PRICING NOTICE: Proposal to launch assessment of No1 copper material discount

Fastmarkets is proposing to launch a monthly assessment of the discount for No1 copper material, candy/berry, on a cif China basis.

The spot-market appetite among Chinese importers for top-grade copper scrap has been growing through the recent copper price rally, which has driven cathode consumers to search for cheaper alternatives.

Buying interest in No1 copper material also rose because it was seen as being more compliant with the new Chinese definition of renewable material.

Since the country’s reclassification policy was launched last November, No1 copper material, typically of higher copper content and clean surfaces, could easily pass customs inspection, but several No2 cargoes have been rejected over the past few months for failing to meet the impurities standard.

Over the past few months, more market participants have taken a bigger inflow of No1 material compared with No2, which previously comprised the bulk of copper scrap imports into China.

Candy is defined as No1 heavy copper solids and tubing, while berry is defined as No1 copper wire, according to the Institute of Scrap Recycling Industries (ISRI). Both are common No1 products sold to China.

Under the Chinese categorization, candy is reclassified as No1 copper material, RCu-2A, while berry is reclassified as No1 copper wire, RCu-1B.

To reflect these market changes in a timely manner, Fastmarkets proposes to launch a monthly discount assessment for No1 copper material, RCu-2A,1B (candy/berry), cif China, LME/Comex discount, US cents per lb.

This will supplement our coverage of the existing price, namely No2 copper material, RCu-2B (birch/cliff), cif China, LME/Comex discount, US cents per lb.

The specifications for the proposed price assessment are as follows:

Assessment: No1 copper material, RCu-2A,1B (candy/berry), cif China, LME/Comex discount, US cents per lb.
Quality: Definitions of RCu-2A and RCu-1B as stipulated in China’s GB per tonne 38471-2019 document. Both RCu-2A and RCu-1B require a metal recycling rate of not less than 97%.
Quantity: 25 tonnes
Location: cif Chinese ports (Shanghai, Guangdong, Zhejiang, Tianjin, Shandong)
Unit: US cents per lb
Payment terms: Cash against document, letter of credit, telegraphic transfer; other terms normalized.
Publication: Monthly, last Monday of each month, 2-3pm London time.

The consultation period for this proposal will start on May 5 and end on June 7. Subject to market feedback, the price will launch in late June.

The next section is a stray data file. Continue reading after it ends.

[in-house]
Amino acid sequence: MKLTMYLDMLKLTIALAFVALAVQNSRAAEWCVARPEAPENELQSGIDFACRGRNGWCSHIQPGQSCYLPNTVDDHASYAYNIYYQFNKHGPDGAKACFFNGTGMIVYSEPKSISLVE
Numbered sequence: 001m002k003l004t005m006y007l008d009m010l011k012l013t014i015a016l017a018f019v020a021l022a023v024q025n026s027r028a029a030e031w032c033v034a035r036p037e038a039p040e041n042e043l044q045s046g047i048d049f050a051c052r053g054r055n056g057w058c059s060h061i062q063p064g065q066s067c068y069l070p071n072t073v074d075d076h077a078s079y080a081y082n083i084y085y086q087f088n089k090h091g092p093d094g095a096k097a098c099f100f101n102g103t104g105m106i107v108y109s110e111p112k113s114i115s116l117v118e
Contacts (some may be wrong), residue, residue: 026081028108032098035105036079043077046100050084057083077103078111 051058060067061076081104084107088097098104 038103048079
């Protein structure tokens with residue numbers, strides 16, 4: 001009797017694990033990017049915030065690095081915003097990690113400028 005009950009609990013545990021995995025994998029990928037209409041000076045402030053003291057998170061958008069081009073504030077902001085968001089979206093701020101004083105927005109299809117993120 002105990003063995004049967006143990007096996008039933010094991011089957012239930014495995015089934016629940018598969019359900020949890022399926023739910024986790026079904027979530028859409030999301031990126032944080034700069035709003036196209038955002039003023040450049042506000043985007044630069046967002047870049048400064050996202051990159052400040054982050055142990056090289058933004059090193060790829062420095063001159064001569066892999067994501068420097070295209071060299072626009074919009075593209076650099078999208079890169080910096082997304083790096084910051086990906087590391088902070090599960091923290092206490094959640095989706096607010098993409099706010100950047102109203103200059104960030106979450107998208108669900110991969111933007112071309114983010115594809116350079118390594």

To provide feedback on this proposal, or if you would like to provide price information by becoming a data submitter, please contact Julian Luk by email at pricing@fastmarkets.com. Please add the subject heading ‘FAO: Julian Luk re: No1 copper material cif China.’

To see all Fastmarkets’ pricing methodology and specification documents, go to: https://www.metalbulletin.com/prices/pricing-methodology.

What to read next
Following a six-week consultation period, Fastmarkets can confirm it will amend the calculation method for all the average functions on the Fastmarkets platform from Wednesday March 1, 2023.
Consolidation, the recycling of electric vehicle batteries, US steel exports and the benefits of sustainable steelmaking were key talking points at Fastmarkets’ Scrap & Steel 2023 conference in Dallas in January
Green shoots of increased demand will emerge in US ferrous markets courtesy of the Biden administration’s trillion-dollar infrastructure package in 2023, Schnitzer’s executive vice president and chief strategy officer Richard Peach said at Fastmarkets’ Steel and Scrap Conference 2023 in Dallas, Texas
US special bar quality steel prices rose in January in line with rising scrap and alloy costs, according to market participants
European metal industry association Eurometaux has called on the European Commission to follow the lead shown by the Inflation Reduction Act and deliver a “powerful” policy to support the industry in the EU while it tries to keep up with the move to a new generation of energy markets
The fallout from Russia’s invasion of Ukraine is changing global trade flows for bauxite, with Brazilian material once again flowing into China and with the introduction of export restrictions elsewhere likely to influence availability through 2023
We use cookies to provide a personalized site experience.
By continuing to use & browse the site you agree to our Privacy Policy.
Proceed